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Uncovering mechanisms of DNMT3A stability in hematologic malignancies

Dr. Yonezawa

Taishi Yonezawa


Baylor College of Medicine

Project Term: July 1, 2023 - June 30, 2026

DNMT3A is a critical tumor suppressor in hematologic malignancies; DNMT3A protein levels affect both tumor latency and type. DNMT3A is regulated in part by protein stability, but the mechanisms remain incompletely understood. Here, I will dissect the mechanisms that regulate DNMT3A protein turnover using CRISPR screening and genetically engineered mouse leukemia models. This work will reveal whether its stabilization could contribute to a new therapeutic approach for hematologic malignancies.

Lay Abstract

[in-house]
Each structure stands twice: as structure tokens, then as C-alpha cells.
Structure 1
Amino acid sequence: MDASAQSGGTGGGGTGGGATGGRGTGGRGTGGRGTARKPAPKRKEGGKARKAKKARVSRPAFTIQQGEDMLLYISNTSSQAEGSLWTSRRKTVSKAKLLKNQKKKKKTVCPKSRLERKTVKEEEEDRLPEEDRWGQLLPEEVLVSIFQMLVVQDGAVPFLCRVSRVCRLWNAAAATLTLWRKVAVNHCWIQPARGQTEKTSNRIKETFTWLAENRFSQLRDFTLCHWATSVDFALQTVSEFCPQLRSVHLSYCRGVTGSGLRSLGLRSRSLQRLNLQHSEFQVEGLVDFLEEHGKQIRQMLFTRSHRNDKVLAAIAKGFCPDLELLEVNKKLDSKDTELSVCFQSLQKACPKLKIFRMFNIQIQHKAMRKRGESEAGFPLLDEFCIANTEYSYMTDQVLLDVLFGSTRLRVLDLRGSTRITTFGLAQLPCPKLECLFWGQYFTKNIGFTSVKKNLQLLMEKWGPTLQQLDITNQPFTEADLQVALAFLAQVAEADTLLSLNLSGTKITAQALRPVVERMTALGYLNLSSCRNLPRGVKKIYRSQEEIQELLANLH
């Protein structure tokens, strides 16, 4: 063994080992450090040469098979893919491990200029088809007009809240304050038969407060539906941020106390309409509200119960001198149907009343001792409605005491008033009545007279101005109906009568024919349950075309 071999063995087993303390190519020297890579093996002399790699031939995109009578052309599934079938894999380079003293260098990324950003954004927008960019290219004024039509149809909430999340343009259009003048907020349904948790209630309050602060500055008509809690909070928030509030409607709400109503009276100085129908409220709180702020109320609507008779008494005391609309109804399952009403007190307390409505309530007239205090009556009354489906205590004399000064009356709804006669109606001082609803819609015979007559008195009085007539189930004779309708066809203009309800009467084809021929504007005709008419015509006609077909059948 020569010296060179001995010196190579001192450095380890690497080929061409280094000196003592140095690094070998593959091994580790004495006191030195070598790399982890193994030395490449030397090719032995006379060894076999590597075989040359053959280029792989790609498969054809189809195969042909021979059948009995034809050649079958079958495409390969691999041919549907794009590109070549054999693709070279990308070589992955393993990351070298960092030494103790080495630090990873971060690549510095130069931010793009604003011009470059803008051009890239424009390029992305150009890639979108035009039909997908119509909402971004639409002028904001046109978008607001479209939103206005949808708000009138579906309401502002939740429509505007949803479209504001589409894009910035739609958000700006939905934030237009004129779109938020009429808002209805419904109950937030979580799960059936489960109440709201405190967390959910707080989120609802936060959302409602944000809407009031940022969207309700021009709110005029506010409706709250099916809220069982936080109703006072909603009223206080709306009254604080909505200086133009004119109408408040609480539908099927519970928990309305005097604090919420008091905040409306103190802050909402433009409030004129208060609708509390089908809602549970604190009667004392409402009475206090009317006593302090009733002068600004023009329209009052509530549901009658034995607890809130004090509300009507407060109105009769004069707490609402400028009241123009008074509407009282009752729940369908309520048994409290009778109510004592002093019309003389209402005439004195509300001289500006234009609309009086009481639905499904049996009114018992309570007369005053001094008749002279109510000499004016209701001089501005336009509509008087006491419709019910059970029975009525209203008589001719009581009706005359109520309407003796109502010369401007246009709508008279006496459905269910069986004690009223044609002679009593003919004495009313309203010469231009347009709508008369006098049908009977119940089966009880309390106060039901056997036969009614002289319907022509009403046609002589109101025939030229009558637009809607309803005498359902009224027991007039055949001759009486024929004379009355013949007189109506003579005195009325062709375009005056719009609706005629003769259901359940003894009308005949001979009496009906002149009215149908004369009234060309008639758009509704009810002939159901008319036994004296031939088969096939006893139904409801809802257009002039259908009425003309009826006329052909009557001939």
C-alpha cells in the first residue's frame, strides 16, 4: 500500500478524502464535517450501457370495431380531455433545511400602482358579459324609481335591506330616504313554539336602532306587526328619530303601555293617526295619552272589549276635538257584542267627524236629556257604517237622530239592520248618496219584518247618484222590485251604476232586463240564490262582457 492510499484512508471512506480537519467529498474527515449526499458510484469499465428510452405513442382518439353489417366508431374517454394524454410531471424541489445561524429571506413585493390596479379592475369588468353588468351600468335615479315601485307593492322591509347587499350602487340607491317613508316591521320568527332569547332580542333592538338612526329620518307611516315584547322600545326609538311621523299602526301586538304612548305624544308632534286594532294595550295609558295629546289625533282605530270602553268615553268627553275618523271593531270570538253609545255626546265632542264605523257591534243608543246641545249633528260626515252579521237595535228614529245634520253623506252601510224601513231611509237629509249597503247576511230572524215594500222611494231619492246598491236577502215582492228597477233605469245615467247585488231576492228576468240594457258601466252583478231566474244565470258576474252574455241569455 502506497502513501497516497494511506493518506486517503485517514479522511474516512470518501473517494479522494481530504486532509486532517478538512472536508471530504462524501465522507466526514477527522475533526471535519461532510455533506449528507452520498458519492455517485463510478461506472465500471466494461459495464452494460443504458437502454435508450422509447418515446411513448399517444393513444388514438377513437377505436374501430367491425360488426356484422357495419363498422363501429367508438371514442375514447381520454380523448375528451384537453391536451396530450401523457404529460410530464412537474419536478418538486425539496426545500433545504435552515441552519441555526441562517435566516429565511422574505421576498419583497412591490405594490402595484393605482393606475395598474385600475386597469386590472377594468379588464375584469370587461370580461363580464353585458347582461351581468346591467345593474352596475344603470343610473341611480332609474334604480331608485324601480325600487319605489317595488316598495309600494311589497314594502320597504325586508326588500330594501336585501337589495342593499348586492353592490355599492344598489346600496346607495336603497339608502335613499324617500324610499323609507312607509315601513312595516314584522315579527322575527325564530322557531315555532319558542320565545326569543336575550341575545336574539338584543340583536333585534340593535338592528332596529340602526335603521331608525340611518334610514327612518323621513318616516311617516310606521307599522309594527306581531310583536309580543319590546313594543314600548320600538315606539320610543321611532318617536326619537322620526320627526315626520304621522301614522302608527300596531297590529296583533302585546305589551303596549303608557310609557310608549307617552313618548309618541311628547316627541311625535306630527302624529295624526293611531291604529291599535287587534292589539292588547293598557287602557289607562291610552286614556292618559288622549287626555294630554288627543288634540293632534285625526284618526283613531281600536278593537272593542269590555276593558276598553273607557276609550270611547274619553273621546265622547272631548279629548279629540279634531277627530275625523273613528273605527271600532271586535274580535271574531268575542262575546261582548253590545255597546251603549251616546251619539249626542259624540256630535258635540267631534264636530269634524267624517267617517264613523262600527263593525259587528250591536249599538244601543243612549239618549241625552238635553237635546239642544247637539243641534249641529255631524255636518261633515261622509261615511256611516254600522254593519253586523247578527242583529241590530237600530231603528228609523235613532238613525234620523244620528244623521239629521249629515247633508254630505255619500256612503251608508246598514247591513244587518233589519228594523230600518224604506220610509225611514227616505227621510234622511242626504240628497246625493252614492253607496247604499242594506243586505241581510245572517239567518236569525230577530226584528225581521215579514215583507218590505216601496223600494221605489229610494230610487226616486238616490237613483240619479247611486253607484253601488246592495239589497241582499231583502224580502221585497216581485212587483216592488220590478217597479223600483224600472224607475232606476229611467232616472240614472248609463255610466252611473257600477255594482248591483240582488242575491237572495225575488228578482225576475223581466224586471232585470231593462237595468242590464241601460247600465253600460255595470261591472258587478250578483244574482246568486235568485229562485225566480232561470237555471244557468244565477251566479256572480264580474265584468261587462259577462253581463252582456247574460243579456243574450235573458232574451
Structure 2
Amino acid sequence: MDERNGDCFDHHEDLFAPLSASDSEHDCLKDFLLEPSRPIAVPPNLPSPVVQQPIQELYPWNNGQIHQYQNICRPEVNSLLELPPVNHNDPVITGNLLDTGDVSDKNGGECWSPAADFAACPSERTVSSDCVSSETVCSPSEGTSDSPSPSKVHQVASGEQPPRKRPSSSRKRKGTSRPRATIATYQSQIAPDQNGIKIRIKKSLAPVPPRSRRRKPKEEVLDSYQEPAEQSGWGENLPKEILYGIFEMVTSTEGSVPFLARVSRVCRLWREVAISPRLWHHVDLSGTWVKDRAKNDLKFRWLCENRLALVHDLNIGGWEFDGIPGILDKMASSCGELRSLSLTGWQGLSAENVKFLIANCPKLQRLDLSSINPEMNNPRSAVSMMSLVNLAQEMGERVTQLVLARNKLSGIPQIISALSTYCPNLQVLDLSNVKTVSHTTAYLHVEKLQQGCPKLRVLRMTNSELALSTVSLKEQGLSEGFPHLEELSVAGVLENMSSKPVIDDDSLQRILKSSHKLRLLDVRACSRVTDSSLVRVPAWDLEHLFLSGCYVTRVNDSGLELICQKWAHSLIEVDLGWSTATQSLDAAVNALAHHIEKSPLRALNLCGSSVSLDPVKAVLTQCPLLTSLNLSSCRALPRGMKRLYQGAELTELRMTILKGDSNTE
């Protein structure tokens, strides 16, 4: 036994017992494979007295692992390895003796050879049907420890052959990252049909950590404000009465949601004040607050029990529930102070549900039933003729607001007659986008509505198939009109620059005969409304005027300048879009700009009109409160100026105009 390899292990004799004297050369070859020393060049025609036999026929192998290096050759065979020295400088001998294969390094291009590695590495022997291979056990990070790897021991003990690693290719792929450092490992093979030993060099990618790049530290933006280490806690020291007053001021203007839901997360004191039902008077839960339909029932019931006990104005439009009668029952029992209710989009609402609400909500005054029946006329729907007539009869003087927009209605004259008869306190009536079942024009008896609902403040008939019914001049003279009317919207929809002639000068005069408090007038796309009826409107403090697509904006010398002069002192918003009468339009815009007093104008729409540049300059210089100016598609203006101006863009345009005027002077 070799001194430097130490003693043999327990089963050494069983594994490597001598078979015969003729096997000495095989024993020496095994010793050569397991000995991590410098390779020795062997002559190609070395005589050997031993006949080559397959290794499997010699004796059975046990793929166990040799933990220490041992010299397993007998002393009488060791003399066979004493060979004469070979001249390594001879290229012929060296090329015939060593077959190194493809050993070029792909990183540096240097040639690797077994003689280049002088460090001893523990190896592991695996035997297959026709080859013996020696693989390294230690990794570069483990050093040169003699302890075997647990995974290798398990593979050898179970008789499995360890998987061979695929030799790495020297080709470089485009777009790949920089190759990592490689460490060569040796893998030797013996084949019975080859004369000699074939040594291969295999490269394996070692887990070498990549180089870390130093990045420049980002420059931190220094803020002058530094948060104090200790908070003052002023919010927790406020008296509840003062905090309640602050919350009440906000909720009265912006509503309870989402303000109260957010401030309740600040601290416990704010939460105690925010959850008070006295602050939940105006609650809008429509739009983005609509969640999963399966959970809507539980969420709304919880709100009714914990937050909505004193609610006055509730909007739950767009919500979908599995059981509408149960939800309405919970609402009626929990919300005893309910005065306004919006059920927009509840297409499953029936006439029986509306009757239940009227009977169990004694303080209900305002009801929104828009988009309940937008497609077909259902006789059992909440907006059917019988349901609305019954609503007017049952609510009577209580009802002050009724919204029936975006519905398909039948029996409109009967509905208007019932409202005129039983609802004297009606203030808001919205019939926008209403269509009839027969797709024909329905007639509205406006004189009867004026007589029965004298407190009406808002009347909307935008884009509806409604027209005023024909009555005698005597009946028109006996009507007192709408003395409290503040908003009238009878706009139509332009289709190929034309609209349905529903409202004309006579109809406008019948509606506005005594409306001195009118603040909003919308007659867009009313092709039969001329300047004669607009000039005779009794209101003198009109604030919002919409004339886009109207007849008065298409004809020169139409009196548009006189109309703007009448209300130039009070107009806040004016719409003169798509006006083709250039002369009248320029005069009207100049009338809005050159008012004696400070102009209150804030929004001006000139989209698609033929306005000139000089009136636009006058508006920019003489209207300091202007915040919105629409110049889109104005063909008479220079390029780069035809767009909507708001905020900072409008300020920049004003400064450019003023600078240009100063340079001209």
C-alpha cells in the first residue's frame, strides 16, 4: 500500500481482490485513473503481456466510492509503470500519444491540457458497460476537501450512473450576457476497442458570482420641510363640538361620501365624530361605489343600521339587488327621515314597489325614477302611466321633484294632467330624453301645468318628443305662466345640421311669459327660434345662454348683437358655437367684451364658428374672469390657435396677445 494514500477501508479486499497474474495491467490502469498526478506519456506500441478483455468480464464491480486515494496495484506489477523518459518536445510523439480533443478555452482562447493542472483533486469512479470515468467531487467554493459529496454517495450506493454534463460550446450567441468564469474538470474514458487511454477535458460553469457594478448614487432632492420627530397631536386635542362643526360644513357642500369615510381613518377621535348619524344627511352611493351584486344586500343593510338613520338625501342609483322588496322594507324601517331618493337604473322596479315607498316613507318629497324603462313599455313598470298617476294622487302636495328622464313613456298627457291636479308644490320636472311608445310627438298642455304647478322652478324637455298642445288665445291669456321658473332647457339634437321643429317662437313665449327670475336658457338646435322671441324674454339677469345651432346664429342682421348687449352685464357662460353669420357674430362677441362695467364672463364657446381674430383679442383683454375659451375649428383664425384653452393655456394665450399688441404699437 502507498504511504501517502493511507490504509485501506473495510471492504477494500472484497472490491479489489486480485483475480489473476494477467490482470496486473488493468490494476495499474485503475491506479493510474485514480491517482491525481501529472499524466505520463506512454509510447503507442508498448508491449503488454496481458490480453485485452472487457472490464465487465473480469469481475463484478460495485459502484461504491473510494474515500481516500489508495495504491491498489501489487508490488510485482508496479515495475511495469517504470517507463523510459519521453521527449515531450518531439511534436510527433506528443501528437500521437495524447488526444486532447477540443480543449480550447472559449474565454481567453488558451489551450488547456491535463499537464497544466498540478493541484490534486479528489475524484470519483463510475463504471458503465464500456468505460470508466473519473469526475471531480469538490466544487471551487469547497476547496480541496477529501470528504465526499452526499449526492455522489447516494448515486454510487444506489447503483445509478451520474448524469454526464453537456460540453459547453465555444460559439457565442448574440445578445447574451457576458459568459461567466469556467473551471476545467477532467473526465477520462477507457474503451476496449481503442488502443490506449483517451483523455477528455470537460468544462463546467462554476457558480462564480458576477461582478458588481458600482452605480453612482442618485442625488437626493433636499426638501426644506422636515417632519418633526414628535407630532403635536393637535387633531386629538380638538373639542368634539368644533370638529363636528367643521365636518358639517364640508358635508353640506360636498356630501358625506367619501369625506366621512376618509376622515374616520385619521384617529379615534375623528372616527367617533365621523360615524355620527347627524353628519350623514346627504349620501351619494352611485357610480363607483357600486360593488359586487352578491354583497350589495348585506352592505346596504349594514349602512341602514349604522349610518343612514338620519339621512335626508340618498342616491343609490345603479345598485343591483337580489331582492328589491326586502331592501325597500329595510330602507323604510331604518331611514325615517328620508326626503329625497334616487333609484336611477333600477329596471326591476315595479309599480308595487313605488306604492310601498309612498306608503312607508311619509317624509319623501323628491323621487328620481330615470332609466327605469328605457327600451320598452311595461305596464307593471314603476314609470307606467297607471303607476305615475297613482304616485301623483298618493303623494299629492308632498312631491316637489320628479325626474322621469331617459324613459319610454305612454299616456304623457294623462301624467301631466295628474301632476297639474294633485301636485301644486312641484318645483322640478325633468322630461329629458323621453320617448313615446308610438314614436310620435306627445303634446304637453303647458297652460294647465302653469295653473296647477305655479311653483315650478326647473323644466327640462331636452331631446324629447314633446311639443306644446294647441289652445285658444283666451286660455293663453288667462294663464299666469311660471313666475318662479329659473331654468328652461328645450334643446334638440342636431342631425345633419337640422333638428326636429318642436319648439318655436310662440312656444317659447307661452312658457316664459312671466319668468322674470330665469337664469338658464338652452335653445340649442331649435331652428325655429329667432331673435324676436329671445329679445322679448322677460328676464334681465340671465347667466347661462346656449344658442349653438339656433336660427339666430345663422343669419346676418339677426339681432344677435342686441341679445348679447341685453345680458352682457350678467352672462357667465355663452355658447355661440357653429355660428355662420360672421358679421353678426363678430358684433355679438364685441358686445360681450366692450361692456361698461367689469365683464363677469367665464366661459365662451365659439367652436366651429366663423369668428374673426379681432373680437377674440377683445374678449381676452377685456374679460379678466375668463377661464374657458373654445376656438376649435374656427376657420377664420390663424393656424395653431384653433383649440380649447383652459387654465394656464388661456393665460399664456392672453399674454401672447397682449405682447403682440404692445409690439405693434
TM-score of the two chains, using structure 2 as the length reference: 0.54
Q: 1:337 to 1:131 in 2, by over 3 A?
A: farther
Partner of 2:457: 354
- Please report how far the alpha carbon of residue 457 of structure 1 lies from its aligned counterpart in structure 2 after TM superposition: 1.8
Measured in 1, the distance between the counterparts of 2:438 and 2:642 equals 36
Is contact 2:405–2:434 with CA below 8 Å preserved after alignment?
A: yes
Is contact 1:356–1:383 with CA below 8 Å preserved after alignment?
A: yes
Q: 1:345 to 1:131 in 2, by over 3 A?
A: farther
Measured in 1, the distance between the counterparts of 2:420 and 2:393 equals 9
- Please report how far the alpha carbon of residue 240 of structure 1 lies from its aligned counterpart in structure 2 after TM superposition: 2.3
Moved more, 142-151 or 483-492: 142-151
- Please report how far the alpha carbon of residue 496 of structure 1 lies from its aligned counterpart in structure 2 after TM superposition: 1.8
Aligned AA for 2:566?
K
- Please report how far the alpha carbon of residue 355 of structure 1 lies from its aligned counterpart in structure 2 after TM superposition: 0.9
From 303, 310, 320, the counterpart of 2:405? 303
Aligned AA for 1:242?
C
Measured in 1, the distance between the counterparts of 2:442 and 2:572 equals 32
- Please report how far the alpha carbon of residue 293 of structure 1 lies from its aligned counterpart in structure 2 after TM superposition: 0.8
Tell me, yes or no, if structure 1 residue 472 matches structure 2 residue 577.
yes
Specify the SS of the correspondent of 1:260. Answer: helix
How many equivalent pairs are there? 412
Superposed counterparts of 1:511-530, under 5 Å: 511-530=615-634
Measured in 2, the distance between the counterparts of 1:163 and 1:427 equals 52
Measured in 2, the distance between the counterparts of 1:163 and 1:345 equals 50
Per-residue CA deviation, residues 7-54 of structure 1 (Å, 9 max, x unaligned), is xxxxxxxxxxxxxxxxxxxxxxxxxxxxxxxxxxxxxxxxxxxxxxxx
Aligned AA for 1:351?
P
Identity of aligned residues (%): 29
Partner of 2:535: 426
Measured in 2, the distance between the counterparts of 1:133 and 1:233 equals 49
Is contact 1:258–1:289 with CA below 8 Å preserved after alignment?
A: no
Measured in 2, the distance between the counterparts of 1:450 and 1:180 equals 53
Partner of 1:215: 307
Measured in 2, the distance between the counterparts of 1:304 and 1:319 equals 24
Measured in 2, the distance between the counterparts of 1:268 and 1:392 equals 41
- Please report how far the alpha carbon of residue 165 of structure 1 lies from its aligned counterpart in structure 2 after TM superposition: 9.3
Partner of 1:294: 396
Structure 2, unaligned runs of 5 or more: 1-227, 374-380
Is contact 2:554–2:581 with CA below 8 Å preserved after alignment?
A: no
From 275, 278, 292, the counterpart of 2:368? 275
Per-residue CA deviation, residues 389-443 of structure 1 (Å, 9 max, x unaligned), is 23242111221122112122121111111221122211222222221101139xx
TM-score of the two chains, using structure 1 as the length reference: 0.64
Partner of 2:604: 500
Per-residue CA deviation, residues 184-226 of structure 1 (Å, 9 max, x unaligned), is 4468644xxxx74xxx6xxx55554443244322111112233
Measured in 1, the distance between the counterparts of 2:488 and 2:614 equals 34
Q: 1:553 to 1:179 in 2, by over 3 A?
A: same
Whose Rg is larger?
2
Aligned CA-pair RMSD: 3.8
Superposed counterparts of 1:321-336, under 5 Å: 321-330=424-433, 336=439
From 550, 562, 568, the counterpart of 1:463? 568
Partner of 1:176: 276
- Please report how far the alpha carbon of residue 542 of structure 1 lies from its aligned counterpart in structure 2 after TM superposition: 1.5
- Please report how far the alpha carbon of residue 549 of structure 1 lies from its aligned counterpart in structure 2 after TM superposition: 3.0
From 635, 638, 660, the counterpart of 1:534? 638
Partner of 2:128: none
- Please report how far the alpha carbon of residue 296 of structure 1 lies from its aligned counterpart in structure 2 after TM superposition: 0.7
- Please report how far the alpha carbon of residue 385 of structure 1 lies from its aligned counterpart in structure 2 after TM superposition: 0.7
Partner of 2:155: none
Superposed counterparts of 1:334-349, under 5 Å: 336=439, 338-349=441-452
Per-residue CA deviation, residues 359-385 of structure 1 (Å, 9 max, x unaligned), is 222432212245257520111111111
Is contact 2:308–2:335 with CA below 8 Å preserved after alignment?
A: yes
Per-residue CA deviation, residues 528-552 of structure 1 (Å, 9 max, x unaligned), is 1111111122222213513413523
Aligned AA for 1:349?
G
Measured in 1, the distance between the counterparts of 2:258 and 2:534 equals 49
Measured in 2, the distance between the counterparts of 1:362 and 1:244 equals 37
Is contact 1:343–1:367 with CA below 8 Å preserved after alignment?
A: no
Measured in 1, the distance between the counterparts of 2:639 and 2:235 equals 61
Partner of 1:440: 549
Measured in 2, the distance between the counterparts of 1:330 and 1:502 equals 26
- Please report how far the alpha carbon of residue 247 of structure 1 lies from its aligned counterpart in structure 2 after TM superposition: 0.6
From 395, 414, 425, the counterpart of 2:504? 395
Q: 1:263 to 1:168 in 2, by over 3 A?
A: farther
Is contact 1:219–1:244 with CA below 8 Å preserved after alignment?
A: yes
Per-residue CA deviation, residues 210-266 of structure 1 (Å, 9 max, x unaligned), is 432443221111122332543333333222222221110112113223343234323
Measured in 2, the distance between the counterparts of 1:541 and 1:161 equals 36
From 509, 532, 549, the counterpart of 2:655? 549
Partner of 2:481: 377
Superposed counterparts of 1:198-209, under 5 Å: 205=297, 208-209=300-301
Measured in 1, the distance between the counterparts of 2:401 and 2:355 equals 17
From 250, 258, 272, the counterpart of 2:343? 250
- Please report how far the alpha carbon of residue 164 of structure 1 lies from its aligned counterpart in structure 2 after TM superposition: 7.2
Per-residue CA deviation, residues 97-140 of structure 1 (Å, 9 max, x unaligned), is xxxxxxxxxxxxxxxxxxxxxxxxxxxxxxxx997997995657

We are interested in a protein called DNA methyltransferase 3A (DNMT3A), which plays an important role in the production of normal red blood cells, white blood cells and platelets. Mutations in the DNMT3A gene are common in blood cancers, revealing that it has a crucial job, when present, to prevent blood cancers; thus, it is considered a “tumor suppressor”. DNMT3A mutations can be found in the blood cells of individuals years before they develop cancer, indicating these mutations predispose individuals toward the development of leukemia or lymphoma. The goal of my project is to better understand how DNMT3A is regulated, so that we can manipulate its level with the goal of developing new therapeutic approaches. Our recent study has shown that many blood cancer-related DNMT3A mutations down-regulate its expression at the protein level, and as a result, these mutations led to decreased DNMT3A function. Our preliminary evidence suggests a possibility for modulating dosage of DNMT3A protein expression to treat blood malignancies. Our previous studies also identified one of the clues to maintaining DNMT3A level, which is that the DNMT3A protein is constantly degraded. We hypothesize that understanding the mechanisms of DNMT3A protein degradation will be useful to develop a new therapeutic approach for blood cancers, if we can identify a strategy to prevent its degradation. However, the mechanisms of DNMT3A protein stability remain incompletely understood, and it is uncertain whether our finding can be useful at the animal and clinical level. Therefore, in this proposal, we will uncover mechanisms regulating DNMT3A stability and evaluate its function using high-throughput screening. The screening will enable us to observe DNMT3A protein expression and to identify a modulator which is involved in its regulation. Furthermore, we will establish mouse leukemia models with unstable Dnmt3a. We will increase DNMT3A protein expression in the mouse models to determine whether their survival is prolonged. Moreover, we will examine adverse events and dose design for their treatment. If successful, we aspire to develop DNMT3A stabilizers for future clinical use to improve outcomes for patients with DNMT3A-mutant hematopoietic malignancies. These studies will shed light on mechanisms regulating the protein stability of DNMT3A and may reveal new a treatment strategy for some blood cancer patients.

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